Central Election Commission of Kosovo (CEC) registered in its system 151,000 applications from those living abroad who are willing to exercise their right to vote on snap parliamentary elections of February 14.
It shows a significant increase comparing with the number of applicants for the snap parliamentary elections of 2019 when about 40 thousand applications were submitted at CEC.
Several factors have increased the rise in the number of applications from the diaspora to vote.
“More access to information on the right to vote and growing interest from political parties in meeting the needs of those living abroad has driven those living outside of Kosovo to participate in elections,” says Lirim Krasniqi, the director of Kosovo NGO Germin, which deals with issues related to the diaspora.
Krasniqi told Exit News that political parties are showing more interest in the diaspora knowing its influence in the economy through remittances, and also from the pandemic period when diaspora tourism was lacking during the summer.
Kosovo’s diaspora has no right to vote in the Embassies or Consulates, but instead must go through administrative verification procedures and mail their votes to CEC.
An initiative to amend the Law on Elections by enabling the voting in Embassies and Consulates, was taken in 2018 but could not be approved by Parliament as it dissolved, twice, before it was put to vote.
Krasniqi said that it did not happen earlier because CEC did not show any interest.
CEC received criticism about the decision to verify applications for voter registration outside Kosovo via phone call. Among others, this decision says that CEC “will reject the applications of those who do not answer the phone call at the time when the CEC calls them for verification”.
“We think that a measure applied to all creates conditions for the violation of the right to vote, which falls within the framework of the fundamental rights guaranteed by the Constitution. There may be times when a person for objective reasons is not available on the phone and it can cost them the loss of the right to vote,” Krasniqi said.
He adds that CEC had sufficient possibilities to verify applications from abroad, as well as could ask for investigation on suspicious cases “via phone call too”.
All this, according Krasniqi might cause delays in the whole process, as the voting for diaspora starts on February 2, while the verification process should end at least 24 hours before that date.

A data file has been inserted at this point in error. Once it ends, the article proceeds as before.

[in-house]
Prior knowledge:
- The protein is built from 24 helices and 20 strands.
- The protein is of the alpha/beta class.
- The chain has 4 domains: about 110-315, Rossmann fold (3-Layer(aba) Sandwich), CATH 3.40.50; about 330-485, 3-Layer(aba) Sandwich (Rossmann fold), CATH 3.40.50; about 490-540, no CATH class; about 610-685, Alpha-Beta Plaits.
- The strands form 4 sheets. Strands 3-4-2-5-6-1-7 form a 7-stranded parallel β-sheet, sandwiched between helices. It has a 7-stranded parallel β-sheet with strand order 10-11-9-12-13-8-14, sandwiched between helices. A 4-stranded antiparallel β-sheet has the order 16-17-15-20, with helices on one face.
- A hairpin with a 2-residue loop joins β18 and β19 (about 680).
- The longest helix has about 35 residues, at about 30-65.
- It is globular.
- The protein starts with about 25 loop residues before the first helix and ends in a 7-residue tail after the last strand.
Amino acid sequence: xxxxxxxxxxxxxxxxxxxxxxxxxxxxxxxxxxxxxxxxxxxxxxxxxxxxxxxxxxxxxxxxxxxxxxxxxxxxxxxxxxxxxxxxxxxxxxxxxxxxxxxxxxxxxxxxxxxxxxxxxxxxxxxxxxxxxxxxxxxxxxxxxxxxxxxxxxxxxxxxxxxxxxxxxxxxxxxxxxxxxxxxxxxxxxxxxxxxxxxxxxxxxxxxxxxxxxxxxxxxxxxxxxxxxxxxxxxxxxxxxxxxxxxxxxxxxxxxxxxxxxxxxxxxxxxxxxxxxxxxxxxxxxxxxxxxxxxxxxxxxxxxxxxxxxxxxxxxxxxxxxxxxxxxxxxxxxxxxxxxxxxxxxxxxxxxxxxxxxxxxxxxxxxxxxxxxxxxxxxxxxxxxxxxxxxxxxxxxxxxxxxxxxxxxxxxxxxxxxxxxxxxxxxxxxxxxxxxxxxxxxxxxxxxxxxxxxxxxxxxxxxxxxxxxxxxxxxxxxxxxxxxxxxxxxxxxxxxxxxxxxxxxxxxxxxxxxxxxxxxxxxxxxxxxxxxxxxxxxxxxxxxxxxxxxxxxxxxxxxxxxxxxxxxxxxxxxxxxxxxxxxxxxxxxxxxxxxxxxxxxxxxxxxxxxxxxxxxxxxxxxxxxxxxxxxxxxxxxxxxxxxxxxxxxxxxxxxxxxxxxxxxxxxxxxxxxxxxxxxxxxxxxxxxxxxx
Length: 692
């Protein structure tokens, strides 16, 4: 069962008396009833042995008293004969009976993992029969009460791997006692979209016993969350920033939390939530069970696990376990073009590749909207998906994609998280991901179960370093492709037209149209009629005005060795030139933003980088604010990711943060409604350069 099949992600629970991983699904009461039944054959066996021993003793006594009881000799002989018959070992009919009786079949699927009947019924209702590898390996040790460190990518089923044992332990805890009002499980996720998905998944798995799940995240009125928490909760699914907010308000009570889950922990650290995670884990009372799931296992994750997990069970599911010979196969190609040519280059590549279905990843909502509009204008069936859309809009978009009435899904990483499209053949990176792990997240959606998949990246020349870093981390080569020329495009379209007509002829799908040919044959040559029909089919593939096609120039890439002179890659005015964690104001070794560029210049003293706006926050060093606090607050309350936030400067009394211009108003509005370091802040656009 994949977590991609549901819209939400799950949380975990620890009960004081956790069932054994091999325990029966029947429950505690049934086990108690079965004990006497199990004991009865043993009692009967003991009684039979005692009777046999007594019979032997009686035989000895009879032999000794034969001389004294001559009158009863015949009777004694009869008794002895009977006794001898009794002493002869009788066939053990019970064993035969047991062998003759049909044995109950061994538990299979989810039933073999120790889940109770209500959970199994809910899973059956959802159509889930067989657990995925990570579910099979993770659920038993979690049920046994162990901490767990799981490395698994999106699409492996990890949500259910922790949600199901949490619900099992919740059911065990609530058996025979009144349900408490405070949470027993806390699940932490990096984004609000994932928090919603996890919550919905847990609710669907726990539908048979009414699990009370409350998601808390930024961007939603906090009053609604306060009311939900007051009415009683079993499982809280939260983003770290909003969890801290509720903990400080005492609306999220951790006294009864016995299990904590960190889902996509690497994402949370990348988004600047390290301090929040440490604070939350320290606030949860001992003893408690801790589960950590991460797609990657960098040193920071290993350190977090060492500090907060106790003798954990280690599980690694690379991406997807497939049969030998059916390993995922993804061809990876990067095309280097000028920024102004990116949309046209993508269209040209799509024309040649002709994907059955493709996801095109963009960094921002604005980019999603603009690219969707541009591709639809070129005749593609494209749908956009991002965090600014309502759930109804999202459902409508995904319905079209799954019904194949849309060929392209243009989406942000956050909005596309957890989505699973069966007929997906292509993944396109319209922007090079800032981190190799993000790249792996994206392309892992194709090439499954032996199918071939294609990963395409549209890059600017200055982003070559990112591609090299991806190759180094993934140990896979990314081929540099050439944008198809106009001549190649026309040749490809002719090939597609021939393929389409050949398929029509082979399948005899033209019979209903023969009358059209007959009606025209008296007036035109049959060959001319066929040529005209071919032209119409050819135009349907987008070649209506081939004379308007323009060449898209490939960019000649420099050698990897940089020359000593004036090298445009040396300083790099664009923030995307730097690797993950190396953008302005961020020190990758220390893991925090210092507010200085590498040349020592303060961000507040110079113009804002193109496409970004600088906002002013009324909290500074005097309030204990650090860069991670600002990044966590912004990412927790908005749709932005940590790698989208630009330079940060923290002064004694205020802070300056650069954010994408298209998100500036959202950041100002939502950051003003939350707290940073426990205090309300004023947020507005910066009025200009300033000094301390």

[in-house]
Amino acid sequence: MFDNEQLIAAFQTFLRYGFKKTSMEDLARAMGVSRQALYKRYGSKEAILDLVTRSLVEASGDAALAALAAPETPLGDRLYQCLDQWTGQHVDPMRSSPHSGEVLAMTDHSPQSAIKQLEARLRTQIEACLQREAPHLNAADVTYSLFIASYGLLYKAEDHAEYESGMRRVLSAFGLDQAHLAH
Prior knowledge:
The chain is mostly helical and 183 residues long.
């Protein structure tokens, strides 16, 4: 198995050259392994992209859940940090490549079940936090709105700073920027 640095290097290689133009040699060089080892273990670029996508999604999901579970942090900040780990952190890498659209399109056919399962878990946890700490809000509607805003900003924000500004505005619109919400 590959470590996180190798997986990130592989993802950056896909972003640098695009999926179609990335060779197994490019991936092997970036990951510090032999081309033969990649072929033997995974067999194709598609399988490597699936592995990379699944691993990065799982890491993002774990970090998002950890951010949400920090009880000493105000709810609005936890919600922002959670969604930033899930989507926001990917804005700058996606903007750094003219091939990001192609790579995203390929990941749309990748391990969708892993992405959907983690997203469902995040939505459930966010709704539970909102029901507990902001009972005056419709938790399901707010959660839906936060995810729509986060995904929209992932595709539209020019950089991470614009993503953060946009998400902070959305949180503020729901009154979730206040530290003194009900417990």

Krasniqi insists that the ideal way of voting would be directly in Embassies and Consulates, adding that CEC should not complain about the lack of capacities.
“If CEC needs additional resources, they can request from the Parliament which would approve an extra budget. When complaining about a lack of capacity, it means that there is no proper planning” he says.
Despite the increase of applications, Krasniqi says it does not mean that will all be translated into votes.
“From the last elections we have seen that from the number of applications to the number of valid votes, it is a very complicated process and results in far fewer valid votes than initial applications,” he says.
Another problem according to Krasniqi is the short time of mailing votes.
“There are only nine days to send the votes via mail in the CEC’s addressee. According to the law, votes should be delivered 24 hours before the elections day,” he adds.
The spokesperson of CEC, Valmir Elezi told Exit News they are continuing to review applications, enter data into the system and assess the legal capacity of applicants.
“Based on the data of the noon report today (Thursday), about 151,000 applications have been entered in the system, of which about 50,500 have been approved, while in the current status of rejection are about 10,600 applications,” Elezi said.
He added that around 42,000 phone call have been realized so far, of which about 34,000 applicants confirmed their data while about 8000 did not answer the phone call but will be contacted again.
Snap parliamentary elections in Kosovo are set to be held on February 14 following a decision of the Constitutional Court which ruled that the voting in of the government was in violation with Constitution, due to a vote of an already convicted MP.